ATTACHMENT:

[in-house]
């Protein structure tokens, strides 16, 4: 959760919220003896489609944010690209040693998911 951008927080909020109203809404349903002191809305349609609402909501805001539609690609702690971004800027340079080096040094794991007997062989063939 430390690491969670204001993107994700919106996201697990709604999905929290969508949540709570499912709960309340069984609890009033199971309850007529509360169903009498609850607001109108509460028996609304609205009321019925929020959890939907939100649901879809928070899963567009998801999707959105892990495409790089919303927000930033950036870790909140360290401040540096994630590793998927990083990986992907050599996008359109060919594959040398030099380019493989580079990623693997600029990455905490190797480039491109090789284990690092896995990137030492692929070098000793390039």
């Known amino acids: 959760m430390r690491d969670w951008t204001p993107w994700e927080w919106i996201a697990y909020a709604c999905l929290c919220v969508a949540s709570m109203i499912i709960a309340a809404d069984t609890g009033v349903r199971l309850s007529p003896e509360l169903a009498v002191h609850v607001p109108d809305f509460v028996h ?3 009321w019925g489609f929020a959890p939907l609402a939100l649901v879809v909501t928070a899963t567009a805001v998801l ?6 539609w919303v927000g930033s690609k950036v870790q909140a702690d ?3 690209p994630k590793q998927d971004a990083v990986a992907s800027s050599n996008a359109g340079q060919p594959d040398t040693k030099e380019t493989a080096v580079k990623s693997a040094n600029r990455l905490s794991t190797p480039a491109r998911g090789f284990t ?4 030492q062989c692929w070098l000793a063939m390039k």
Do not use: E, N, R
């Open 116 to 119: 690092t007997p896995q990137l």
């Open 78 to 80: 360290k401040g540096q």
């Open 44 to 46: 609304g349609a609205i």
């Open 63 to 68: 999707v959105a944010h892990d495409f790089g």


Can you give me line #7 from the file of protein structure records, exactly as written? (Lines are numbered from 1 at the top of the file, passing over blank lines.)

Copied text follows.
């Open 44 to 46: 609304g349609a609205i």